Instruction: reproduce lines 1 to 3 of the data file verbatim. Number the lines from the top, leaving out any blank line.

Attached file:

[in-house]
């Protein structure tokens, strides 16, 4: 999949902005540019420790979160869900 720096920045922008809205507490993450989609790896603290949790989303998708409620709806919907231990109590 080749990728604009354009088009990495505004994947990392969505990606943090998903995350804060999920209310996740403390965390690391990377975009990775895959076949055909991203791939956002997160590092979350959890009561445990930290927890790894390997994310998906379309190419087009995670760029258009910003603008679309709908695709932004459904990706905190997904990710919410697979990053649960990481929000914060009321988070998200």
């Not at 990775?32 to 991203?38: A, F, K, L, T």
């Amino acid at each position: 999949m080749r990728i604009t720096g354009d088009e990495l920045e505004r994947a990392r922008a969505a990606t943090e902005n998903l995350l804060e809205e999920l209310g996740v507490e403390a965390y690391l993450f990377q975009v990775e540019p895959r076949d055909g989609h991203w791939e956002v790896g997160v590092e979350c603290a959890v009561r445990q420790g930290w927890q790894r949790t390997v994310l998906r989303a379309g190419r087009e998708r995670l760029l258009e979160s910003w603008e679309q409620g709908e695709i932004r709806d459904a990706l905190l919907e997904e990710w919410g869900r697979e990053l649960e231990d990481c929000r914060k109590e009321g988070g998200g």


[in-house]
């Protein structure tokens, strides 16, 4: 999949902005540019420790979160869900 720096920045922008809205507490993450989609790896603290949790989303998708409620709806919907231990109590 080749990728604009354009088009990495505004994947990392969505990606943090998903995350804060999920209310996740403390965390690391990377975009990775895959076949055909991203791939956002997160590092979350959890009561445990930290927890790894390997994310998906379309190419087009995670760029258009910003603008679309709908695709932004459904990706905190997904990710919410697979990053649960990481929000914060009321988070998200």
């Not at 990775?32 to 991203?38: A, F, K, L, T």